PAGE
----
I was inspired to braise lentils after reading Melissa's Clark recipe for braised beans in dining section of the New York Times. It sounded like such a warm, hearty, good wintry dish, and when I made her braised beans and they definitely hit all of those notes. Then I tried a version with black lentils that were just as satisfying, and a little easier to prepare in a pinch since black lentils do not need to be soaked.
To make this a complete meal that would satisfy the gamut from vegans to carnivores, they needed a little something more. A dense pieces of grilled polenta to soak up all the delicious braising juices does the trick. Some kale or spinach as the base adds some bite and some green. I cannot think of a more satisfying and complete dinner for a chilly evening.
Bayley, our sweet crazy mutt dog, turned three last week (that's 21 in dog years). His birthday is March 1st. He's adopted, which means we do not know what his exact birthday is, so we gave him a made up birthday when we got him. I make sure to give him a few extra hugs on his birthday (he's a big time hugger, he loves getting hugs).
I am a bit of a crazy dog lady. I'm that person who has to stop every dog on the street just to give them a scratch and say hello. I love the dog culture and the conversations you have with other dog owners.
"This is Spot, don't mind him, he's a bit ant-social."
"Oh, Roofus loves to play, can he pay with your dog."
"Jack gets really excited when he sees big dogs, he thinks he's bigger than he really is."
It's amazing how much a dog's personality reflects their owner's. I like to think that Bayley got his happy and loving attitude from us.
The other day I was walking him around our neighborhood and a random guy stopped us on the street and asked if he could pet Bayley. This guy spent a good couple of minutes scratching him, hugging him, telling him how beautiful he was. Bayley was eating it up. Then he told me he just lost his dog and that it felt good just to pet another dog. My heart sank, but I totally knew what he meant. It just feels good to get some love from a dog.
I walked away with a giant smile on my face knowing that my dog made that random guy on the street so happy and brightened his day.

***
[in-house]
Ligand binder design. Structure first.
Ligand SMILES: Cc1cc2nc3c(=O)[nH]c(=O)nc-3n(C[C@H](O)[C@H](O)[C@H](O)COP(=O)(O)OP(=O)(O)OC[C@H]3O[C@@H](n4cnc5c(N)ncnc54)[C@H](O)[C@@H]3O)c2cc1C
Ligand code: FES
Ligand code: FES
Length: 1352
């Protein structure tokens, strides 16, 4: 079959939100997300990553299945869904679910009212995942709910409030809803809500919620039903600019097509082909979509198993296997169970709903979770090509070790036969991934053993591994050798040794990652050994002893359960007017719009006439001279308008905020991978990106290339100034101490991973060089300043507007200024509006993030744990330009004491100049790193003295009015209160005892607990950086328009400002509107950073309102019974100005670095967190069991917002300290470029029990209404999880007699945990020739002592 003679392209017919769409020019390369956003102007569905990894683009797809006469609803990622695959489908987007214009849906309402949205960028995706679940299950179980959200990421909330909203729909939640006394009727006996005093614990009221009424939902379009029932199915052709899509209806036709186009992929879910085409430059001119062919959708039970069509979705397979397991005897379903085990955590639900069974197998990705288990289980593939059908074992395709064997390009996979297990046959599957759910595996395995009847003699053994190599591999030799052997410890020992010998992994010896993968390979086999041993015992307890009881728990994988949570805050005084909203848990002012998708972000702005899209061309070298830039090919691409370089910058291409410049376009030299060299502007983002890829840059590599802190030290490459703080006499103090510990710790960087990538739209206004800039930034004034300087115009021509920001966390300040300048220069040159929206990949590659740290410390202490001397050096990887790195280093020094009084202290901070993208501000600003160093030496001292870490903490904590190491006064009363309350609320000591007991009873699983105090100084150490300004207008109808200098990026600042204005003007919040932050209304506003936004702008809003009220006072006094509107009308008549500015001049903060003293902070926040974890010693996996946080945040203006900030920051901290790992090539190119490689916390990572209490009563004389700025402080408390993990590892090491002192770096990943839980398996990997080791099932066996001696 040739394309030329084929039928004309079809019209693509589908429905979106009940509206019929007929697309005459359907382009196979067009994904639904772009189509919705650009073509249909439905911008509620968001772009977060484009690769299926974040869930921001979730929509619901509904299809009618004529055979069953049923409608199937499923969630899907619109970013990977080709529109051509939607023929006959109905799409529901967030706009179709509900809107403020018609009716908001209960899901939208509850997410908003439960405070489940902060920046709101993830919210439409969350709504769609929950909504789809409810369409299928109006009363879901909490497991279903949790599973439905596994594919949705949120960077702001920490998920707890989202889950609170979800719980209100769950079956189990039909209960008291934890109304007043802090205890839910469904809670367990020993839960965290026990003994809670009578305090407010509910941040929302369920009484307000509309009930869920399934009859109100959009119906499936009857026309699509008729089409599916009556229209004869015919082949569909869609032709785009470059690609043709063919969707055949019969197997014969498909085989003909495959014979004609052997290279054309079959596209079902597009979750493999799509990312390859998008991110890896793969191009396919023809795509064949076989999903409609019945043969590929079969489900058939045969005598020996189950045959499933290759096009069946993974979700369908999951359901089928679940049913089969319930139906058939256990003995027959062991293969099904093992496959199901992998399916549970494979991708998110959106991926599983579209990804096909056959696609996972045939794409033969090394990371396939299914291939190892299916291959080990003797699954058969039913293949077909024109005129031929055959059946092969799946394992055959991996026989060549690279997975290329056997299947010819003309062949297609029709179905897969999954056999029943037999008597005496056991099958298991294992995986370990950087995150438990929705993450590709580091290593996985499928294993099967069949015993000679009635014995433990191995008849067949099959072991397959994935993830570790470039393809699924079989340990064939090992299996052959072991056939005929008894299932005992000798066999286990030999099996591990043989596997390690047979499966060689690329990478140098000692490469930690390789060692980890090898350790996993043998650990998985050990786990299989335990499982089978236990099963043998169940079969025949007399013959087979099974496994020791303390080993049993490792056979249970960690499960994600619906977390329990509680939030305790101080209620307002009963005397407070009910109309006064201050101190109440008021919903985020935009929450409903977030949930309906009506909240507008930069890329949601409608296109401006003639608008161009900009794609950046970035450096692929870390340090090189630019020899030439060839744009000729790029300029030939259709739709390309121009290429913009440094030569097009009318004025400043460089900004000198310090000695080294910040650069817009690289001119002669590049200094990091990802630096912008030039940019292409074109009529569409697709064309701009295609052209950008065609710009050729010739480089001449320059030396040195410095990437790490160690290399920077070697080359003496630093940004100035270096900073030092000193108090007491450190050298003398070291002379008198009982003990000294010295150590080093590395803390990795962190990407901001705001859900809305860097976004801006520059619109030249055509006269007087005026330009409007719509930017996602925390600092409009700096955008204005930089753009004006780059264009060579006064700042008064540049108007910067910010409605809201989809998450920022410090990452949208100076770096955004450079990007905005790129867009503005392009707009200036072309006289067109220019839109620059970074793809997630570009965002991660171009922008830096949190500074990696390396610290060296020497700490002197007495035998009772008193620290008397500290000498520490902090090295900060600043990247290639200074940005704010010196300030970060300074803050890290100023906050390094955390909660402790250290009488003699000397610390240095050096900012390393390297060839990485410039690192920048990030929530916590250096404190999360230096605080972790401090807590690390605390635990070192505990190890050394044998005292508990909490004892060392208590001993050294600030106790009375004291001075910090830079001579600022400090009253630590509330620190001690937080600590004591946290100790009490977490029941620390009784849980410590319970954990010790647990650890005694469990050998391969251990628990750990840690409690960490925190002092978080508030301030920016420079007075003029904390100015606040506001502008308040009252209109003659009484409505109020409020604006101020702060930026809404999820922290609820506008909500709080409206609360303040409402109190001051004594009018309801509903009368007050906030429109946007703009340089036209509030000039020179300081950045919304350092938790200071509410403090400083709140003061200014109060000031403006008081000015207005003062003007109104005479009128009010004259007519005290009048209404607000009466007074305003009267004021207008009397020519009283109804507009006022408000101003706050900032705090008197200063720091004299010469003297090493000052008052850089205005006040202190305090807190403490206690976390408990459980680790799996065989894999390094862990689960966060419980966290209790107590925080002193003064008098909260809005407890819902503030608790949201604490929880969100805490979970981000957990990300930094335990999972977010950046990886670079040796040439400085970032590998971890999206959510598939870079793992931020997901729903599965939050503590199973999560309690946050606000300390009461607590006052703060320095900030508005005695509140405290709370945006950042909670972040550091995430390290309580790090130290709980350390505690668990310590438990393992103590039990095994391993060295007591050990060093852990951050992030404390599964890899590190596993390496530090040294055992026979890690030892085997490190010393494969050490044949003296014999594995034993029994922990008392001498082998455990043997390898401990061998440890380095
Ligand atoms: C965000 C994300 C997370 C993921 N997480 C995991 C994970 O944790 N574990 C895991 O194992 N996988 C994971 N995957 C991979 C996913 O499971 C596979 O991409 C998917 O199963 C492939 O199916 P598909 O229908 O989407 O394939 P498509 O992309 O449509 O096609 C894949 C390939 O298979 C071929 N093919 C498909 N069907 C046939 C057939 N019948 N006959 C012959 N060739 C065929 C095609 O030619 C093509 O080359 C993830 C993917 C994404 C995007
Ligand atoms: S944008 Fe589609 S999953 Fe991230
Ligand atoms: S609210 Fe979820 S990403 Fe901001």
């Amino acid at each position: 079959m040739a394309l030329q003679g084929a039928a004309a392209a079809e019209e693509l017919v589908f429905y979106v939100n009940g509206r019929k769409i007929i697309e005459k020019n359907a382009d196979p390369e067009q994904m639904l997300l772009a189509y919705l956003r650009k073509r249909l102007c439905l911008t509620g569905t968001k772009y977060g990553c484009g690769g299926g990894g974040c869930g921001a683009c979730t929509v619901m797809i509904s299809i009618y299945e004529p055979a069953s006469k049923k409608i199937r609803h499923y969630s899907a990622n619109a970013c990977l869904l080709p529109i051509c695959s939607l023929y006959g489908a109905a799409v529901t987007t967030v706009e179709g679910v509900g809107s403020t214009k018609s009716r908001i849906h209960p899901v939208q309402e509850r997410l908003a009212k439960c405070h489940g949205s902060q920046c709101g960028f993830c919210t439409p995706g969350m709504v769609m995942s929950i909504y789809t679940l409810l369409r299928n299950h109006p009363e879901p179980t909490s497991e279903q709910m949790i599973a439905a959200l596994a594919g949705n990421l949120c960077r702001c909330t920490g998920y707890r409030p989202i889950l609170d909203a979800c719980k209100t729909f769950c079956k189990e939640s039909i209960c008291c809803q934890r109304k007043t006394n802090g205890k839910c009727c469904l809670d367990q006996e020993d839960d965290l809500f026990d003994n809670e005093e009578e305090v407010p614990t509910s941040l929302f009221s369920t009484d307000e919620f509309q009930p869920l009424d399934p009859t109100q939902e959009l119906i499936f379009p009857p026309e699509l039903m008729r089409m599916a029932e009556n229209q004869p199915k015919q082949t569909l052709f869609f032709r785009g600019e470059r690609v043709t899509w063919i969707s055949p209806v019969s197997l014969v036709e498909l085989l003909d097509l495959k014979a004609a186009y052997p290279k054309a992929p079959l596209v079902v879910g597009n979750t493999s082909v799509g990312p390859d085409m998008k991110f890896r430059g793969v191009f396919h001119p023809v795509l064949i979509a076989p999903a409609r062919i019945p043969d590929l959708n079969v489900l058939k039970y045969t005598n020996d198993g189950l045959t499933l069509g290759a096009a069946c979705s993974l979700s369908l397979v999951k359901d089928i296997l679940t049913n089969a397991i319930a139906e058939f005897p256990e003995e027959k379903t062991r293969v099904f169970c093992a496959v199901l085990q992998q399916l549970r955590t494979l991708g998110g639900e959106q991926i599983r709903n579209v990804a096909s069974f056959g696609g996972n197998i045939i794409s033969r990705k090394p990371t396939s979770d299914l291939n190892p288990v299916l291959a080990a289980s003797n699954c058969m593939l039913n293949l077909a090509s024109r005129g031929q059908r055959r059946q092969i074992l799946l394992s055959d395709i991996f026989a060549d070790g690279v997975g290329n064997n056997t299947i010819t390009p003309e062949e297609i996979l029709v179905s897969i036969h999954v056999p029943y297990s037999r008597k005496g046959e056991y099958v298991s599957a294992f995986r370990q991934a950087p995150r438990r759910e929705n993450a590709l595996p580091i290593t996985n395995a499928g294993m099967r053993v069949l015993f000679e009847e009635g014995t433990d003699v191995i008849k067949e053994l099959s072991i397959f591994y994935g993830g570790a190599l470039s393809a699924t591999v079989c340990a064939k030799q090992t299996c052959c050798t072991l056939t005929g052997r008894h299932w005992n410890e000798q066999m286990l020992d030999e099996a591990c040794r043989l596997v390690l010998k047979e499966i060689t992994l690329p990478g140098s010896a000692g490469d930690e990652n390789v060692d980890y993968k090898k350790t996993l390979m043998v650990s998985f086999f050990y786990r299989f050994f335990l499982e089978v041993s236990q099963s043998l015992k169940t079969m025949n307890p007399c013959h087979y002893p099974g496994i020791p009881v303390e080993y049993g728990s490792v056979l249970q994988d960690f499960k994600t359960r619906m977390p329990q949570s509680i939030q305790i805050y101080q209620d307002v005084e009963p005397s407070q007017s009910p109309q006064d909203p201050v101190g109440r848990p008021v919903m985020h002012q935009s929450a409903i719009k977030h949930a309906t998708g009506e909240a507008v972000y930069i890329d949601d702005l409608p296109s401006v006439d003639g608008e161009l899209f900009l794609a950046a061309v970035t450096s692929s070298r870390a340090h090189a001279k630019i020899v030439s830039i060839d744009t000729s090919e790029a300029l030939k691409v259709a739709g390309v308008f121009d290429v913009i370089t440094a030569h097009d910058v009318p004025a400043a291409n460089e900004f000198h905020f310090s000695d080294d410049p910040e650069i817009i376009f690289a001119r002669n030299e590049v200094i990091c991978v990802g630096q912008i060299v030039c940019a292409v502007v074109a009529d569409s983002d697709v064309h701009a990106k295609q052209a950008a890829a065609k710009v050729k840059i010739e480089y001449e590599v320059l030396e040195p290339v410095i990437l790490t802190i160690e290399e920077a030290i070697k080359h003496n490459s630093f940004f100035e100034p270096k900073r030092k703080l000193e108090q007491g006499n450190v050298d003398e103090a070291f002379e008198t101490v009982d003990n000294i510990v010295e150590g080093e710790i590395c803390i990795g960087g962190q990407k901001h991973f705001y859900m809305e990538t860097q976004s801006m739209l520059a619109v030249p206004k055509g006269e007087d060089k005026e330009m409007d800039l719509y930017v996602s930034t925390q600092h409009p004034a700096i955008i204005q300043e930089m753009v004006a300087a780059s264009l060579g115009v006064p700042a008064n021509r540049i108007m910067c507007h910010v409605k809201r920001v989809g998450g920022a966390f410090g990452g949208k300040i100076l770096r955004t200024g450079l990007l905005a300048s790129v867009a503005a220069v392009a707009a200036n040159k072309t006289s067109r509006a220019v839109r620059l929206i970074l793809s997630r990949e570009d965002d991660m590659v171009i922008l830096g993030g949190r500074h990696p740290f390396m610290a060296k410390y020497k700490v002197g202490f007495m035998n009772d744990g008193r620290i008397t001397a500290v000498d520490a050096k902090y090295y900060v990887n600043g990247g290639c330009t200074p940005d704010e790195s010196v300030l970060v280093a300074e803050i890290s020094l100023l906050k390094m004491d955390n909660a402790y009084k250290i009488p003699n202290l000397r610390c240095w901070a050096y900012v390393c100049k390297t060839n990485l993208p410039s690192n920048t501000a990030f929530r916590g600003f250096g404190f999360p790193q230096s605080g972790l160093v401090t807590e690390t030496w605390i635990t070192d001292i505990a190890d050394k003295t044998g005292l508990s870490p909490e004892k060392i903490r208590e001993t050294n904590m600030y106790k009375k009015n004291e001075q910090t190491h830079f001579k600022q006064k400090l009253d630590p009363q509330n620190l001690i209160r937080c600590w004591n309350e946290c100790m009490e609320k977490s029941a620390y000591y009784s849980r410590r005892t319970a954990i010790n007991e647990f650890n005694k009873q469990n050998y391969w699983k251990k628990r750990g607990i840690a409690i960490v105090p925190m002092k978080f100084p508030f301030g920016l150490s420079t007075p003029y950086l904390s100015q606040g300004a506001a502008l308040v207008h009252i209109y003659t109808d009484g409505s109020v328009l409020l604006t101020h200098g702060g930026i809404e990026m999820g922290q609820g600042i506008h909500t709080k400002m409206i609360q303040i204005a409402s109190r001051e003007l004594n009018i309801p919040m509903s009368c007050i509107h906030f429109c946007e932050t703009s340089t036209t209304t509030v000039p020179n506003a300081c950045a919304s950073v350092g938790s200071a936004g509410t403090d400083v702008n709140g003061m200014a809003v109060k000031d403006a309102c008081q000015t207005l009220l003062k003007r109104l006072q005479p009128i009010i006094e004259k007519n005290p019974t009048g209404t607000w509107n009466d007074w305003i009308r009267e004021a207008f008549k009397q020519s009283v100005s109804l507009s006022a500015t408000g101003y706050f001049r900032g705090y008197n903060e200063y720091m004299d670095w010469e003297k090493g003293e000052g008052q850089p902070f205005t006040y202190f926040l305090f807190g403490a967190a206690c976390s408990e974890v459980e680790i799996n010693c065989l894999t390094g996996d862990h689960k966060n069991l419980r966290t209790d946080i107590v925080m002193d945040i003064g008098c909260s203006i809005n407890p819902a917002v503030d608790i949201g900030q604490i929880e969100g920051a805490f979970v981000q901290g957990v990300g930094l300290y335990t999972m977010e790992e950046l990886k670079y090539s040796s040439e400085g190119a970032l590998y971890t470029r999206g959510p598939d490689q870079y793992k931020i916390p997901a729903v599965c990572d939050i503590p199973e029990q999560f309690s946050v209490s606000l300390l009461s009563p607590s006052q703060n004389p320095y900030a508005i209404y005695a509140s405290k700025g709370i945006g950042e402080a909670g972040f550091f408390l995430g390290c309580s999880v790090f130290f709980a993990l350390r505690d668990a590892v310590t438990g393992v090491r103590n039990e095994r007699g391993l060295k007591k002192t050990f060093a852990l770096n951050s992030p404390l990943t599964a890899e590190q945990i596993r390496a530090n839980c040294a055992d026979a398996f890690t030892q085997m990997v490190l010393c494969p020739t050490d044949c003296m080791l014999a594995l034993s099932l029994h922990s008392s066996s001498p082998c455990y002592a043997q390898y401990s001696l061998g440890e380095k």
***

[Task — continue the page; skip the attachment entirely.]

Owning a dog is not 100% love 100% of the time. There are definitely moments when I think to myself, why on earth am I taking care of this pain the butt animal. When he jumps on my friends when they come over to our apartment, or when he whines to me during the day because he would rather be outside playing. There are many moments of frustration.
But all of those moments added up do not even come close to negating the fact that animals bring so much happiness into a home.
My all-time favorite thing that someone said to Bayley on one of our walks: "That dog sure does love life."
Yes ..... yes, he does.
So for Bayley's birthday this year, he got hugs + I got a bowl of soba noodles with a ginger tahini dressing with lots of greens. Because I was more in the mood to celebrate with a bowl of soba noodles than a piece of cake.
I could eat this every day of my life and be happy. There is something about the creaminess of the tahini that gets me excited. Since I stopped eating dairy, it's the healthiest way for me to get a creamy fix.
It's no secret that I love a big bowl of noodles or a big bowl of greens, so combining the two is just double happiness for me.
The great thing about this dish is you can add any type of green or vegetable that you like, it goes with just about anything. Collards, swiss chard, carrots, cucumbers + tomatoes when the summer comes back around. Same thing goes with pairing this dish. You can add soba and tahini to so many meals as a side dish, or you can just eat it alone for lunch. Yum.
I think I am going to make this every year for Bayley's birthday, and for many of the days in-between.